Football Federation Australia (FFA) has announced the immediate termination of the Hyundai A-League licence held by Newcastle Jets Football Operations Pty Ltd, a subsidiary of the Hunter Sports Group (HSG).
A new licence will be issued to a new entity owned and controlled by FFA. A club from Newcastle will remain a member of the Hyundai A-League and current players of the Newcastle Jets will be offered contracts with the new entity.
The termination is based on material breaches of the A-League licence held by Newcastle Jets Football Operations Pty Ltd, in relation to non-payment of players and staff, and an ongoing failure to meet standard operational requirements.
FFA notes that HSG placed the Newcastle Jets into voluntary administration today, which in itself is an act of insolvency and a breach of the A-League licence conditions.
FFA CEO David Gallop said HSG had been given every opportunity to continue as the owner and operator of the licence, but it was unable to meet the conditions required to do so.
“FFA has taken this action to protect the interests of the football community in Newcastle and the Hunter Valley, and to safeguard the image and reputation of the A-League and its member clubs,” said Gallop.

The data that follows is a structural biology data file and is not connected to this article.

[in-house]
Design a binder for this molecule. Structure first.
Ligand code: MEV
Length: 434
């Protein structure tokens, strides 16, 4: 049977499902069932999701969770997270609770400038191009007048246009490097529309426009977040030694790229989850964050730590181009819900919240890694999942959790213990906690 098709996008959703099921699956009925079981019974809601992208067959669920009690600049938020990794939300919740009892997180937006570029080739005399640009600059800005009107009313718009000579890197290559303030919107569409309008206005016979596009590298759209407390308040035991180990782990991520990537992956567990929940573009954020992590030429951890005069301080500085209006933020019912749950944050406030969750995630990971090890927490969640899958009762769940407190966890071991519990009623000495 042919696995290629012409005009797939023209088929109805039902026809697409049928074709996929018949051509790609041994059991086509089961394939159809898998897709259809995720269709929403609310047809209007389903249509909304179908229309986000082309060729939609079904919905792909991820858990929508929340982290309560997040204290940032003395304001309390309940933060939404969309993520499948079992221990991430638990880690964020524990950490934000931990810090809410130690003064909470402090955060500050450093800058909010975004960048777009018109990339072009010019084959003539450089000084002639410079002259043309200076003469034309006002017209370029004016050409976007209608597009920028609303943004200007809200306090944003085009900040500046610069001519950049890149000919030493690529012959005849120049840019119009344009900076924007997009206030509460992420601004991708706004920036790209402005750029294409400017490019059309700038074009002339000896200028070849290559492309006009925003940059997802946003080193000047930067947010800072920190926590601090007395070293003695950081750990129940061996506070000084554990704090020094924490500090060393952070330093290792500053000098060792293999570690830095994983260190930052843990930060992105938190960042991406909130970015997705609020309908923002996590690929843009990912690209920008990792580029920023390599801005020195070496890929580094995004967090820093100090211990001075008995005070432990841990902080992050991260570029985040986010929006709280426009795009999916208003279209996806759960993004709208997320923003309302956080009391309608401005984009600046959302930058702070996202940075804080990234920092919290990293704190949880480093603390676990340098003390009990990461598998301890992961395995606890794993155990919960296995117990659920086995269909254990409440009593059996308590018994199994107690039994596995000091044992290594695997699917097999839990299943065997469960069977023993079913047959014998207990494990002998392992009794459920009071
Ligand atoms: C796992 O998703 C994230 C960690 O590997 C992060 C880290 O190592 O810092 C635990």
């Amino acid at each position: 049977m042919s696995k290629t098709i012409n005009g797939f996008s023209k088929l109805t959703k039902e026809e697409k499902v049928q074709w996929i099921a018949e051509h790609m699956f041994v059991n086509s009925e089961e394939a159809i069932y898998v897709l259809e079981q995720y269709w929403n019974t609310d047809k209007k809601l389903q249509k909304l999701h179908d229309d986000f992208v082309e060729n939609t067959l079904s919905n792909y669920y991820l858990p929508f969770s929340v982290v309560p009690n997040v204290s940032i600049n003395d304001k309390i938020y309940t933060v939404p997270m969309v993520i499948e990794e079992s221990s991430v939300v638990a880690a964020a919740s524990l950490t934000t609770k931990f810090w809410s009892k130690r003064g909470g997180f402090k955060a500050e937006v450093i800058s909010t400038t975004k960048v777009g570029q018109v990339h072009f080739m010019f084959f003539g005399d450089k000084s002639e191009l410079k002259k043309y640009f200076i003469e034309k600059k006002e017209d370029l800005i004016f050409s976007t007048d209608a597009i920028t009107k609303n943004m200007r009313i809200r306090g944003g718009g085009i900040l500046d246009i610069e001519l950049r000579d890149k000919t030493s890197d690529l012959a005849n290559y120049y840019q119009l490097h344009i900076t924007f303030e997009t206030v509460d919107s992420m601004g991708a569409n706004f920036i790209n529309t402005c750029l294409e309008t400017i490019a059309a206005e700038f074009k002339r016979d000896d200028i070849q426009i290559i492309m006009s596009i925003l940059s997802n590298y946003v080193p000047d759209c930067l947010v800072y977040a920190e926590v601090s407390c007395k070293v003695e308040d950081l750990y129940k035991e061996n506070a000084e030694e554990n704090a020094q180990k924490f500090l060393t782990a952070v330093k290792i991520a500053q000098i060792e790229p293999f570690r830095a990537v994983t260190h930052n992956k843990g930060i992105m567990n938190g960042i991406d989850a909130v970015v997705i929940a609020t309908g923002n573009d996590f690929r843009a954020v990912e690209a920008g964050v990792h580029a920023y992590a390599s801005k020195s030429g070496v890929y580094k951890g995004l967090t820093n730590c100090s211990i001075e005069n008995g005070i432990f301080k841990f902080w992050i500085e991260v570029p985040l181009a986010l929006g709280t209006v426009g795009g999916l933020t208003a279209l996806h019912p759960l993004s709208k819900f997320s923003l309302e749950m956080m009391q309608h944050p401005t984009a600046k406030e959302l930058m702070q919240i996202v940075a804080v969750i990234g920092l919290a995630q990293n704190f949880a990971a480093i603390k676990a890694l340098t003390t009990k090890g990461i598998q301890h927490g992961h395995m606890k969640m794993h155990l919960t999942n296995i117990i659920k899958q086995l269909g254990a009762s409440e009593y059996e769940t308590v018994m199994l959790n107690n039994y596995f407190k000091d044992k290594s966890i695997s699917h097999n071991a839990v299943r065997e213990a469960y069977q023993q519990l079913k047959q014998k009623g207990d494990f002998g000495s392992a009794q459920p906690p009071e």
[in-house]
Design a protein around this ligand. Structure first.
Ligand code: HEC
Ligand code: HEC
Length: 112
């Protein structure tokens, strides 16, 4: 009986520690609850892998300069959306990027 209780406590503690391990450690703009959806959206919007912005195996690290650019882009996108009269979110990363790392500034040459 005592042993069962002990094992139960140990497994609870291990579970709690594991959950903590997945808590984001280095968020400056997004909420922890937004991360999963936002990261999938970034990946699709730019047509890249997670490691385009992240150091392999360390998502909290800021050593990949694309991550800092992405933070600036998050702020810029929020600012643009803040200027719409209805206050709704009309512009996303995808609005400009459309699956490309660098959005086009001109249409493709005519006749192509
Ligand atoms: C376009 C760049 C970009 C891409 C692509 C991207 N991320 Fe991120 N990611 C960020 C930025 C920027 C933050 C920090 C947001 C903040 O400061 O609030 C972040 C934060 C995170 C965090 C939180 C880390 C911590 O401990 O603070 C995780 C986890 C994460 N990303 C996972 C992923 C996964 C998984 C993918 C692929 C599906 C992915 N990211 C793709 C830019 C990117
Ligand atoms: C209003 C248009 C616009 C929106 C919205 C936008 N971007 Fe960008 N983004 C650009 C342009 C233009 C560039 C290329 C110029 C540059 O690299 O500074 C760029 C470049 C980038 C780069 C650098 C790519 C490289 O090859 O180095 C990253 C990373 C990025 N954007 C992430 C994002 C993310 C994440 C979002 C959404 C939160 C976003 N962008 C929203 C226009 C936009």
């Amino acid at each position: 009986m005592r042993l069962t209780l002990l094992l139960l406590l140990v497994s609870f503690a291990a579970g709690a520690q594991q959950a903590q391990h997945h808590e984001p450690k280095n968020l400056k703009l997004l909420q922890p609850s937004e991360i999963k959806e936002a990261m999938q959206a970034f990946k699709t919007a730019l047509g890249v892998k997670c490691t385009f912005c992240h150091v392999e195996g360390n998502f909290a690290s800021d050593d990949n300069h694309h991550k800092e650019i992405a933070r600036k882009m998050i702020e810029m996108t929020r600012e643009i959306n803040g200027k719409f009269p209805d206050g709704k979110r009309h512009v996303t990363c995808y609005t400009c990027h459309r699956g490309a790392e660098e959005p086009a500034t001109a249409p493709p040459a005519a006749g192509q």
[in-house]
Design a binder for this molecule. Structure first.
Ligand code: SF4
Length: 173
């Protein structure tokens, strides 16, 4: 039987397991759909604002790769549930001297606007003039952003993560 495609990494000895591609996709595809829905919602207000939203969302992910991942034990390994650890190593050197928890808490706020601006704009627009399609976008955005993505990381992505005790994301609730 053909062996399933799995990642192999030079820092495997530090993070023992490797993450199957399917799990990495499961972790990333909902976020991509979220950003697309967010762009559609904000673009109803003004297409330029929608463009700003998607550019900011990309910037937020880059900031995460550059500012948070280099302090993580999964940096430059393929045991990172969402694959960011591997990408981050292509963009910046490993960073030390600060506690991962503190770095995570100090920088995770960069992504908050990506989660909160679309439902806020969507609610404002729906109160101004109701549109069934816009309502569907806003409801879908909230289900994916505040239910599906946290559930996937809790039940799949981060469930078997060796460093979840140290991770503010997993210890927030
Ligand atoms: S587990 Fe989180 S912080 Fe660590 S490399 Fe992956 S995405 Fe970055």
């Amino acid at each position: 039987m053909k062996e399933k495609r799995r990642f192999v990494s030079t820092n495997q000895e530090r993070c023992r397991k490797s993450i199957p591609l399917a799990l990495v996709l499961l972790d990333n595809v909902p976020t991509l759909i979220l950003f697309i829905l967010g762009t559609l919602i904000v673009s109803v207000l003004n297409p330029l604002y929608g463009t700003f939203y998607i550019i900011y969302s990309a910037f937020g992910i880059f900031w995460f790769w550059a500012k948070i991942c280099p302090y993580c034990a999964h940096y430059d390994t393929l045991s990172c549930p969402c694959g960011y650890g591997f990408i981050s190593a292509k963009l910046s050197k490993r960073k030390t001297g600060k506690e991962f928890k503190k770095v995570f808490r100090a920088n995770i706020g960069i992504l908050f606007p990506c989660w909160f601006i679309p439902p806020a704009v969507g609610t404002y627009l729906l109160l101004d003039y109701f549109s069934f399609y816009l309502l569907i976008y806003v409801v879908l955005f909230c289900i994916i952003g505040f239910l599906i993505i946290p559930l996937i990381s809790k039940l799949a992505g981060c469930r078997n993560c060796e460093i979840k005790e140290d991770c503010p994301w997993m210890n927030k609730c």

“Newcastle needs a club operating in a stable environment with certainty of resources in order to be successful and competitive in the A-League and to properly represent the community. Perhaps with good intentions at the start but HSG has proved to be incapable of meeting these requirements.
“HSG has behaved in an erratic way towards the players and staff of the club in failing to meet basic obligations to pay wages. Anyone who takes control of a sporting club has an obligation to respect the people and the traditions of that club.
“HSG has failed in this regard. Today’s action to terminate the licence is the first step to restoring the proud traditions of football in Northern NSW.”
Gallop said that FFA will continue talks with several parties interested in the future ownership structure of the A-League club in Newcastle.
“First of all, we will listen to all the key stakeholders in Newcastle and the Hunter Valley,” said Gallop.
“This region has incredibly strong community values and any future ownership needs to have people at the heart of things.
“That’s a core value for football in Australia and something we are very committed to in relation to the A-League club in Newcastle.”